Lessons in managing public-speaking fears

Writer: 
August 6, 2018

Being an introvert can complicate life. As a teen, sometimes I was afraid to introduce myself to a stranger or to ask a young woman for a date. At Duke, the frosh-faces picture book struck fear in my heart whenever I phoned a women’s dorm. I was sure that picture book hung by every hall telephone and that while I was on hold, a woman was quickly looking me up in it.

Shyness and fear, of course, can also hamper public speaking. Since my career has involved lecturing worldwide, people sometimes are surprised or skeptical to hear of my introversion. Experiences at Duke helped me learn to deal with those fears. Presenting in a tense situation during my final Duke class in January 1971 taught me invaluable lessons.

Duke’s 1968 Silent Vigil and 1969 Allen Building takeover spawned a black studies program that informed my already firm dedication
 to racial equality. My history 
professor, the late Raymond
 Gavins, was in his first year 
in 1970-71 and later became an icon in his field. I appreciated his intriguing course (about pre-Civil War African-American U.S. history), but we clearly disagreed on one fundamental point.

An African-American scholar, he felt white Christians had caused many or most problems blacks faced in this country. A white student, I acknowledged atrocious behavior, from white ministers supporting slavery to the Klan burning crosses. But, I maintained, these people weren’t really following Jesus; many white believers championed racial equality, and their views resonated with me. Our frequent class discussions were cordial but had sizzle and conviction.

Gavins’ argument was especially pointed one morning late in the semester, as he mentioned two historical race-related problems. Each time as he attributed their cause to “white Christians,” he gestured toward me.

I respectfully suggested again that he was criticizing not genuine Christian practice but a caricature. This time I asked whether he would let me take a session to present a biblical perspective on racism.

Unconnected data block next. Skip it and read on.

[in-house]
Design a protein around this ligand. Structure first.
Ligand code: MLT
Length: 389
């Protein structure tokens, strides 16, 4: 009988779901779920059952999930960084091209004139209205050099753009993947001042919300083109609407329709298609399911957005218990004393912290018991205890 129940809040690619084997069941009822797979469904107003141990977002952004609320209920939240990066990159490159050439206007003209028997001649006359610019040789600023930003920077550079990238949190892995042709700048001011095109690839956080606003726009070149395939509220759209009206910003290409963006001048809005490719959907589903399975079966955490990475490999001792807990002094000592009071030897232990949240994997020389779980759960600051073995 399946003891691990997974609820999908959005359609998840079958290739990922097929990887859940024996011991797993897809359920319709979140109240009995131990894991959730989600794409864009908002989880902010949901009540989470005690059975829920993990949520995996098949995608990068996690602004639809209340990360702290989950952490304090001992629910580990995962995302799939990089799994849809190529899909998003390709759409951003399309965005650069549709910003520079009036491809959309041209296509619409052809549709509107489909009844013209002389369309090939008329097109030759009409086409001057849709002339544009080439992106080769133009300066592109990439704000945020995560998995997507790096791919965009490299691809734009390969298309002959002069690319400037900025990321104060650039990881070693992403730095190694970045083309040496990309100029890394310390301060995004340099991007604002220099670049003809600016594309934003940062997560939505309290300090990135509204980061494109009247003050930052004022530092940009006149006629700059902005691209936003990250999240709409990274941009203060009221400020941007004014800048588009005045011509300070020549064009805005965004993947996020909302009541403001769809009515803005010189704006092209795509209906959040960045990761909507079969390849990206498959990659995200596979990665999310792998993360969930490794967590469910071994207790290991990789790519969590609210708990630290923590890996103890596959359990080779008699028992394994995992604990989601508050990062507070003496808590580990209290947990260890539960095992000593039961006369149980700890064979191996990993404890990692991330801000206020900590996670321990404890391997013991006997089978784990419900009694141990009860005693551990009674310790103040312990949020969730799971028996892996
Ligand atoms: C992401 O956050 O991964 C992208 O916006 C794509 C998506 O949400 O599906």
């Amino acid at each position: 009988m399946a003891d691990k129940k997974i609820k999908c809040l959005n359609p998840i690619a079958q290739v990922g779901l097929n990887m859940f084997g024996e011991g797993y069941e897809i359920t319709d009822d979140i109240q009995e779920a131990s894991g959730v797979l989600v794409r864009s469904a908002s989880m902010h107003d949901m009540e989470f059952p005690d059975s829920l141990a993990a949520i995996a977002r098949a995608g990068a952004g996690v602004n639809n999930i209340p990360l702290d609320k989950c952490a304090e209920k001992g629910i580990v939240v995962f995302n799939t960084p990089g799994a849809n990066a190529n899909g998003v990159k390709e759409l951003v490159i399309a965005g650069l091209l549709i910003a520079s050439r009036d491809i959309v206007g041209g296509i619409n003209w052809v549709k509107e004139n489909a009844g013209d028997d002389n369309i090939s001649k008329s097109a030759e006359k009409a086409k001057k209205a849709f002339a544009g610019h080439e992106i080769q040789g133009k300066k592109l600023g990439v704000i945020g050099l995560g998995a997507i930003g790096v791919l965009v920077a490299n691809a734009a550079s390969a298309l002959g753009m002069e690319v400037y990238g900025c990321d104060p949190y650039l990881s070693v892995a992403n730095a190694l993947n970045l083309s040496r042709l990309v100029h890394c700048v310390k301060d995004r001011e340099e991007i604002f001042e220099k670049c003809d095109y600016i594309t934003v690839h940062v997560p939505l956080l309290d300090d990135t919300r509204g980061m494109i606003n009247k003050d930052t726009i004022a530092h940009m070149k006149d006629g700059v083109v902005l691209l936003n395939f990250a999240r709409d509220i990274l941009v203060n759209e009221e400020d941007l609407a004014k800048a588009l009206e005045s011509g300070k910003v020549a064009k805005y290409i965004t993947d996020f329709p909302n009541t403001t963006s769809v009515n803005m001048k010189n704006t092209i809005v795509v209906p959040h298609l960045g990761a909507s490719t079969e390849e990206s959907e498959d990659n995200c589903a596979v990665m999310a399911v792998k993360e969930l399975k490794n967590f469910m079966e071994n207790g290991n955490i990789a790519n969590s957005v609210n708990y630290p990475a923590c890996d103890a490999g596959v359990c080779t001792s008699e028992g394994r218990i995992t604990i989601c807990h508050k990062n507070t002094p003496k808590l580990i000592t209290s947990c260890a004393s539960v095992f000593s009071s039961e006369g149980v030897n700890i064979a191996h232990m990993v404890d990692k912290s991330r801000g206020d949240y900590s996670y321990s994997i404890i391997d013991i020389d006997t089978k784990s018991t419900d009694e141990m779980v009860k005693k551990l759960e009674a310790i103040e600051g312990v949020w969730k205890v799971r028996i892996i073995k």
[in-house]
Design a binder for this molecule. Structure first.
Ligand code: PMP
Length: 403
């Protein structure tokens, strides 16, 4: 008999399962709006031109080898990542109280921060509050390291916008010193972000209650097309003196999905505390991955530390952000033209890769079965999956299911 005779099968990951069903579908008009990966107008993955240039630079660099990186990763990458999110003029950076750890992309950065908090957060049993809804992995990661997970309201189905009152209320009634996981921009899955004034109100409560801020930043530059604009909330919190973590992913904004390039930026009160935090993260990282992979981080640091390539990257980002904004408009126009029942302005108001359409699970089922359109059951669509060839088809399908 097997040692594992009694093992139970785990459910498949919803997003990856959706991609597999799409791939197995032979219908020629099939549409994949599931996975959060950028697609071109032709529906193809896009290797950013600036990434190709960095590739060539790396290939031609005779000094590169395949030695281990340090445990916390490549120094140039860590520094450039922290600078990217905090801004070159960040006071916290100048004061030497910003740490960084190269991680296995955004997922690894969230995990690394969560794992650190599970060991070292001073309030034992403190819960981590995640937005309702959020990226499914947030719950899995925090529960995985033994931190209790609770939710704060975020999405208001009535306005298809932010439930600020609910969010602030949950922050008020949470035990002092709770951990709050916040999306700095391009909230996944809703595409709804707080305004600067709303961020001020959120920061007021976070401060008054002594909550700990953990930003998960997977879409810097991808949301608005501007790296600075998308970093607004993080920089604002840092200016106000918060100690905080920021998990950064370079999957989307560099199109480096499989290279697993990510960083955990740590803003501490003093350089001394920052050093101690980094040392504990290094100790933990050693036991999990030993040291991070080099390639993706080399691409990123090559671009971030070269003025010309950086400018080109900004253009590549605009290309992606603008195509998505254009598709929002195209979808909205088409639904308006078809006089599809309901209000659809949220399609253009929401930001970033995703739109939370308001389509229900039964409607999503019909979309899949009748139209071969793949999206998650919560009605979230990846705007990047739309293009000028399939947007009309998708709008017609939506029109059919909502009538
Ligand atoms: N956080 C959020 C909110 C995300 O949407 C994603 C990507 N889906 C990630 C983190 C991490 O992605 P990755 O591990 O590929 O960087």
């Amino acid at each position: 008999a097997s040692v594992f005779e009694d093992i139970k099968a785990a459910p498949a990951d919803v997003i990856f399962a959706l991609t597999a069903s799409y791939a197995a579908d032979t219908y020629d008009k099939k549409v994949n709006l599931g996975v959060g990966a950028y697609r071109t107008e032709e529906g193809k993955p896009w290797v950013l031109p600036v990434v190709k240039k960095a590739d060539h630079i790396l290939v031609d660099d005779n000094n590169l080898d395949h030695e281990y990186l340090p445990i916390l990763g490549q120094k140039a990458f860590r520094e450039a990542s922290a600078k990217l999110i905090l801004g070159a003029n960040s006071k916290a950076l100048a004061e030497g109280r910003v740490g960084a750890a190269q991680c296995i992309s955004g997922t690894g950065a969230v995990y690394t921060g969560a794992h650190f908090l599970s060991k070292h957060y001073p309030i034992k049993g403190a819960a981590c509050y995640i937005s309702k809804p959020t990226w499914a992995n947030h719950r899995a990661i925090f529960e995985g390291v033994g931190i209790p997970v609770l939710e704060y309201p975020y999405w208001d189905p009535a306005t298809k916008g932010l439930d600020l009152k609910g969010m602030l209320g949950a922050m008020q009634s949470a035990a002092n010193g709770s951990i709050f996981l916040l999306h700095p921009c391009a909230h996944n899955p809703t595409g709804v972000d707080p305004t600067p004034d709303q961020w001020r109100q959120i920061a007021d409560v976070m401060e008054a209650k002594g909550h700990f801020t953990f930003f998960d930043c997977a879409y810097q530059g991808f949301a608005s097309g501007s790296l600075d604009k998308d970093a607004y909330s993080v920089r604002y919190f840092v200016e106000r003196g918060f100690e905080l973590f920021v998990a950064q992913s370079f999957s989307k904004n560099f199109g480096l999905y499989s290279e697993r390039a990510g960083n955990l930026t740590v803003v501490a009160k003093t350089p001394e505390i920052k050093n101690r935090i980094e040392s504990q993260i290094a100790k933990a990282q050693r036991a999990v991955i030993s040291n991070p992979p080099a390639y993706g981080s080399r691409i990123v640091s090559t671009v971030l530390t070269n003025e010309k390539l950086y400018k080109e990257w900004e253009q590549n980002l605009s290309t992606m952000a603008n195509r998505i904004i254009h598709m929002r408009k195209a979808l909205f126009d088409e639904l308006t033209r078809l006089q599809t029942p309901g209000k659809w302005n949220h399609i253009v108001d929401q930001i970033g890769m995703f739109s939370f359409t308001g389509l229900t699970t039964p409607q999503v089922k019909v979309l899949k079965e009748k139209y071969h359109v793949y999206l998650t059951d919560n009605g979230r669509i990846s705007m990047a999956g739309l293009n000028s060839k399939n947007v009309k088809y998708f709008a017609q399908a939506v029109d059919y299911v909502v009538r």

“Oh, so you want equal time, do you?” he inquired.

In response, I read from my notes his statement from the first class day: “We want to be open-minded in this course and consider all viewpoints.” He agreed to give me the final session.

The big day—my last Duke class meeting; it was my final semester—brought many fears. My knees weren’t knocking, they were missing. Would I present convincingly? Could I answer questions effectively? I lost my breakfast three times before leaving my residence.

The classroom was nearly full and included visitors who had heard of the controversy. I felt excited but a bit nervous as I stepped up to place my notes on the lectern. As I surveyed the audience, some faces were warm, others skeptical. The situation seemed tense, with observers eager to see what would transpire. In presenting, I used contemporary and historical examples. The audience asked perceptive questions.

Near the end, Gavins said he felt like the biblical King Agrippa who, upon hearing the apostle Paul’s speech, said, “You’ve almost persuaded me to become a Christian.”

“And now,” Gavins said to me and the class, “As Agrippa did with Paul, let us proceed with your execution: What would you do if you got to heaven and discovered that Jesus Christ was black?” I was on the spot!

My response wasn’t original with me, but I don’t remember preparing it: “Jesus was of Semitic descent; his skin was probably closer in pigmentation to yours than to mine. But the important thing is not whether his skin was black or white, but that his blood was red and he shed it so I could be forgiven.” I don’t know whether that answer satisfied him. He didn’t respond; instead he turned to the class and began to talk about our final exam.

That day, I learned about managing public-speaking fears. Preparation (knowing my audience and topic), practice, and—for me—prayer became essentials.

Gavins and I spoke a few times in subsequent years, always pleasantly. We each felt we had moderated our opinions since 1971.

I’ve been grateful to travel the globe communicating in classrooms, ballrooms, boardrooms, chapter rooms, locker rooms, embassies, and military bases and via TV and radio on significant themes. I still get jitters, and not every at-bat is a home run. But as I face audiences, I often recall the formative lessons about fear I learned that morning. I remain grateful to Professor Gavins and my classmates for helping me learn them.

Wright ’71 is a writer and lecturer who has spoken on six continents. www.RustyWright.com